In 2011, the Washington State Legislature revised RCW 11.96A.070, the statute of limitations for breach of fiduciary duty claims against trustees. The new statute became effective January 1, 2012. Under prior law, a beneficiary could sue a trustee for breach of fiduciary duty within three years from the earlier of the following: (i) the time the beneficiary discovered or reasonably should have discovered the breach, (ii) the discharge of the trustee from the trust by a court or by agreement of the parties, or (iii) the time the trust terminated or was repudiated by the trustee. The inclusion of the “discovery rule” exposed trustees to significant risk, as a beneficiary could argue that he or she did not know about the events giving rise to the alleged breach. Washington courts had taken a very beneficiary-friendly approach to the discovery rule, finding that the beneficiary’s financial sophistication should be taken into account in determining whether the beneficiary reasonably should have discovered the breach. See, e.g., Gillespie v. Seattle-First Nat’l Bank, 70 Wn.App. 150 (1993).
The new statute allows a trustee to start the running of the three year statute of limitations by providing a written report to interested parties disclosing the existence of potential claims and informing them of the time allowed for bringing such claims. The report is presumed to meet these requirements if it provides the following:
- a statement of receipts and disbursements of principal and income;
- a statement of the assets and liabilities of the trust and their values at the beginning and end of the period;
- the trustee’s compensation for the period;
- the agents hired by the trustee, their relationship to the trustee, and their compensation, for the period;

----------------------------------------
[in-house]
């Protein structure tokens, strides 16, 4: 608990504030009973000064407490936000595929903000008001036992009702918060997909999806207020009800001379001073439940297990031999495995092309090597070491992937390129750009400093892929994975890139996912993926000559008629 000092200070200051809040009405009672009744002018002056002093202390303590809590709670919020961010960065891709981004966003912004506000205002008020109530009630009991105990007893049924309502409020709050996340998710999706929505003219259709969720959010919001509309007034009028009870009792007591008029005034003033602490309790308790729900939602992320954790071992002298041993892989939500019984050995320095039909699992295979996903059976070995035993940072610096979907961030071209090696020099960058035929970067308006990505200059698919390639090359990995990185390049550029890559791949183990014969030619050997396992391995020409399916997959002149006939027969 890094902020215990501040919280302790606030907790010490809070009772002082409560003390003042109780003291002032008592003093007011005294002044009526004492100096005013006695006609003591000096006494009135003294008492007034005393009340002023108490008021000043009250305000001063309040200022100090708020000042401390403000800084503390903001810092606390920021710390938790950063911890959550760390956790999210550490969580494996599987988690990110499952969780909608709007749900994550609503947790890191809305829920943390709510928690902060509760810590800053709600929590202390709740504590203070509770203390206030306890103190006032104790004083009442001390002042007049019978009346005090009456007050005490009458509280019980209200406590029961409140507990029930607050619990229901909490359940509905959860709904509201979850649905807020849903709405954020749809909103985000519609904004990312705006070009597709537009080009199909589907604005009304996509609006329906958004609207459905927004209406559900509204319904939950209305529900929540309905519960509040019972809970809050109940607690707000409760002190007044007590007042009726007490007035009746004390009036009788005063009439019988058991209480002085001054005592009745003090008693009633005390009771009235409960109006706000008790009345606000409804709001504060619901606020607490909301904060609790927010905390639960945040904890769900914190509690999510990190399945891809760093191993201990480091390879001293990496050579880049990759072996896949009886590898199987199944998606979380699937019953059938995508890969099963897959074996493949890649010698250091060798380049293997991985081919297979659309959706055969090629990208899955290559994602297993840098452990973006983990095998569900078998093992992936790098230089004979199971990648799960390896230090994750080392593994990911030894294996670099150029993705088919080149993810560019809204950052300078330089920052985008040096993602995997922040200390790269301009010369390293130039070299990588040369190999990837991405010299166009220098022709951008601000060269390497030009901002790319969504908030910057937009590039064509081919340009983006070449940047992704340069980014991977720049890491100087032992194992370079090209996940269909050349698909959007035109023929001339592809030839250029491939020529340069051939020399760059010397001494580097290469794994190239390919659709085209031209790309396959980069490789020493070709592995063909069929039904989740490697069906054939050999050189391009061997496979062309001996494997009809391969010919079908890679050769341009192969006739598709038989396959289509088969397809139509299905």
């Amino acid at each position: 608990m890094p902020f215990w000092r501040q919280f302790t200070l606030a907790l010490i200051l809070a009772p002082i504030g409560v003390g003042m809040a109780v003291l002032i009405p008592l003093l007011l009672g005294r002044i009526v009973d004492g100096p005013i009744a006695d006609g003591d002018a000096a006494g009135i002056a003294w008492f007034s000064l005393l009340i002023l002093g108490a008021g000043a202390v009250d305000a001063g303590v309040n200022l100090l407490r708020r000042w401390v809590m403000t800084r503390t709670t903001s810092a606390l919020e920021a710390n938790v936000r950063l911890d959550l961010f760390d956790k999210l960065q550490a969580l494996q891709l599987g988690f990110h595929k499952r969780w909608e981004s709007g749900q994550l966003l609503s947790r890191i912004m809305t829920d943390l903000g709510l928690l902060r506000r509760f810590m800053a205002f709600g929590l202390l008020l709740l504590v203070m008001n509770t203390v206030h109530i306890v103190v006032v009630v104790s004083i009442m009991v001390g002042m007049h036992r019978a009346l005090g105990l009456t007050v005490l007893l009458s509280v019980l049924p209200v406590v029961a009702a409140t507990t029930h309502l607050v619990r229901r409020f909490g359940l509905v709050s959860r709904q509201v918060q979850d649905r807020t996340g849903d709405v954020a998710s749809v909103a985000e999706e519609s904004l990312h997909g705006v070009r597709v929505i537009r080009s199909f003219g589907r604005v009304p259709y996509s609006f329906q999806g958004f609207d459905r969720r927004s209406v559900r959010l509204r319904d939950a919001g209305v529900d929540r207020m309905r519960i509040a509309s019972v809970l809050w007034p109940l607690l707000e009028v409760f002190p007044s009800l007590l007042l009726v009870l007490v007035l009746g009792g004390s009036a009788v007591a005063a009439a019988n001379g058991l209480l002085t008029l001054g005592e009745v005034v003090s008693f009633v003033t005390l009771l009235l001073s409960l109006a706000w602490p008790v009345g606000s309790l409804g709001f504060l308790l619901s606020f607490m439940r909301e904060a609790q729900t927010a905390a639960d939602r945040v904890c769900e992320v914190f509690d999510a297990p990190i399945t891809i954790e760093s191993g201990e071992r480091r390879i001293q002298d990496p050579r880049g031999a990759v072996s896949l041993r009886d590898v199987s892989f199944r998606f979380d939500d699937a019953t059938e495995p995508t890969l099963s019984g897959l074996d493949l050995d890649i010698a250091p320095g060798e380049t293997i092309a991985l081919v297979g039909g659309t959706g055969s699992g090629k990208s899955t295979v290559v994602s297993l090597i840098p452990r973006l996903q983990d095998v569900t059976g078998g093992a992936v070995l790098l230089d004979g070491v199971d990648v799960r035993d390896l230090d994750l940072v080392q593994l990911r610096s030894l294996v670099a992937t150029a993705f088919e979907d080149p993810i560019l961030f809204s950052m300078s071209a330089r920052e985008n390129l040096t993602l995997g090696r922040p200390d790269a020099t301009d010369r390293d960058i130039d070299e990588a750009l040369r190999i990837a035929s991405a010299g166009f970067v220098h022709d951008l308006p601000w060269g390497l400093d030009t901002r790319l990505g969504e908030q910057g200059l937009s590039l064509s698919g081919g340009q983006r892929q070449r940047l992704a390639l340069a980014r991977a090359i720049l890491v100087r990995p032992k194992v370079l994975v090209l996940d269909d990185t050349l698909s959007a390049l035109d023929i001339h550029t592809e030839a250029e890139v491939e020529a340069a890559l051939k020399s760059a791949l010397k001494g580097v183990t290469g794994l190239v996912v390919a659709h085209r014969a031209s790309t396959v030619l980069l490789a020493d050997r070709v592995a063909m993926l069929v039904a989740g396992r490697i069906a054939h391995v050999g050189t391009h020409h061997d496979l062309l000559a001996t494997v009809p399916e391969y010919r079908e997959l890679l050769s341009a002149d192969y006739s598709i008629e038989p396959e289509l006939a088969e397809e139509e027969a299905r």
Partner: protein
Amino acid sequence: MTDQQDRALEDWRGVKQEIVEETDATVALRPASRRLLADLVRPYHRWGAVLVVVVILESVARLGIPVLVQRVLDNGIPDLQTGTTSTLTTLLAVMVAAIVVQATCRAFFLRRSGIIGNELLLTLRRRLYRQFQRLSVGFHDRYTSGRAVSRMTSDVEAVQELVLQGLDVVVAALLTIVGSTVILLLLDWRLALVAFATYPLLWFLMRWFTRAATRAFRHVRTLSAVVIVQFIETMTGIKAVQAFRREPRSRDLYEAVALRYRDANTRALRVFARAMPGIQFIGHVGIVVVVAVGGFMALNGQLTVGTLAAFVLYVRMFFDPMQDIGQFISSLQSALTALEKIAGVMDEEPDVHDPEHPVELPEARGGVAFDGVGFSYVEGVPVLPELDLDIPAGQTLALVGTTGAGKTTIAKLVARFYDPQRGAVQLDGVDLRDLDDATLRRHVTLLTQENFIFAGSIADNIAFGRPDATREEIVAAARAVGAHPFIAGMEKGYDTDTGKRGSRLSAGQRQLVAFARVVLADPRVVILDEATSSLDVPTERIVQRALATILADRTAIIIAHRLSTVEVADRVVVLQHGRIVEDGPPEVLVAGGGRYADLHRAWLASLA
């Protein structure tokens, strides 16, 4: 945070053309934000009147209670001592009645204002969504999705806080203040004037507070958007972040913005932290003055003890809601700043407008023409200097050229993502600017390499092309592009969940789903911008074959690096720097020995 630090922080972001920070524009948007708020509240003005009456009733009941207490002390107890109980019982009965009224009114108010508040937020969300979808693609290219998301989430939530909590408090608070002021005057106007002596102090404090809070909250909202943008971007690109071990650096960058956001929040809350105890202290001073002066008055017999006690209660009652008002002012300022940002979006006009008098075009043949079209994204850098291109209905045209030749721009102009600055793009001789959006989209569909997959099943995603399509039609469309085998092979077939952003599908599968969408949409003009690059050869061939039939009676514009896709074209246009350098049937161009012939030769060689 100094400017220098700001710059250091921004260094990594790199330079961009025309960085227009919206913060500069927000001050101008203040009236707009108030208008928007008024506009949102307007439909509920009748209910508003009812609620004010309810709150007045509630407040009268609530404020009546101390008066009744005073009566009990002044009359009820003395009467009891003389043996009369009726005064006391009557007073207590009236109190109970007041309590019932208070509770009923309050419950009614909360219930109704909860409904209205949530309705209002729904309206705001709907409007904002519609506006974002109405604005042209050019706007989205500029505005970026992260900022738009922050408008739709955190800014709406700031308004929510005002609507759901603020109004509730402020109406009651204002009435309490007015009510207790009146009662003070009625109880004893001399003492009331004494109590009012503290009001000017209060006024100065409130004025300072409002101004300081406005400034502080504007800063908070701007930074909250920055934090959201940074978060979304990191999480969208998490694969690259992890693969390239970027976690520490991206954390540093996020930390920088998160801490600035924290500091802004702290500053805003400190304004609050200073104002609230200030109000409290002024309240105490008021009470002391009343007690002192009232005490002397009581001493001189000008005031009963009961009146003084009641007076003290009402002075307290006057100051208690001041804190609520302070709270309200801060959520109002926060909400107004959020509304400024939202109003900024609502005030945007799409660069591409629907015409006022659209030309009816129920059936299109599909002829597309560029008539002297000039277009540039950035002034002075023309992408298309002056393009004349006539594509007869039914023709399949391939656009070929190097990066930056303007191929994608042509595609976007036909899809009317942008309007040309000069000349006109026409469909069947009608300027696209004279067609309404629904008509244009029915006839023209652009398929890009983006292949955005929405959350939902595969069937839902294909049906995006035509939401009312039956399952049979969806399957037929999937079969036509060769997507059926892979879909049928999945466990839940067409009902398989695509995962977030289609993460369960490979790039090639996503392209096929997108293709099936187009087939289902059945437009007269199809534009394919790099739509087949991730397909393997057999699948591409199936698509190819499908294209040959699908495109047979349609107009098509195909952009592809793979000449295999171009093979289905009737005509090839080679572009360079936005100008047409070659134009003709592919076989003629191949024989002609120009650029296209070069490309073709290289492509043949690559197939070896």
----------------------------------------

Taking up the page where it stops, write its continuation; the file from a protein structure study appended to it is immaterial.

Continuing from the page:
- disclosure of certain types of transactions binding for five years or more;
- disclosure of conflict-of-interest transactions, including those mentioned in RCW 11.98.078;
- a statement that the beneficiary may petition the superior court to obtain review of the statement and of the trustee’s acts disclosed in the statement; and
- a statement that claims against the trustee for breach of trust may not be made after the expiration of three years from the date the beneficiary receives the report.
If the trustee does not provide the notice, the three year statute of limitations begins upon the first to occur of the following: (i) the removal, resignation, or death of the trustee, (ii) the termination of the beneficiary’s interest in the trust, or (iii) the termination of the trust. Notably, the new statute does not incorporate a discovery rule. While it is possible that a Washington court might apply the discovery rule to breach claims regardless of the statutory language, the new statute appears intended to give trustees a way to limit the time period during which claims can be brought against them, while also keeping beneficiaries well-informed about trust matters. If you have any questions about the new statute and how it might affect you, please contact our office.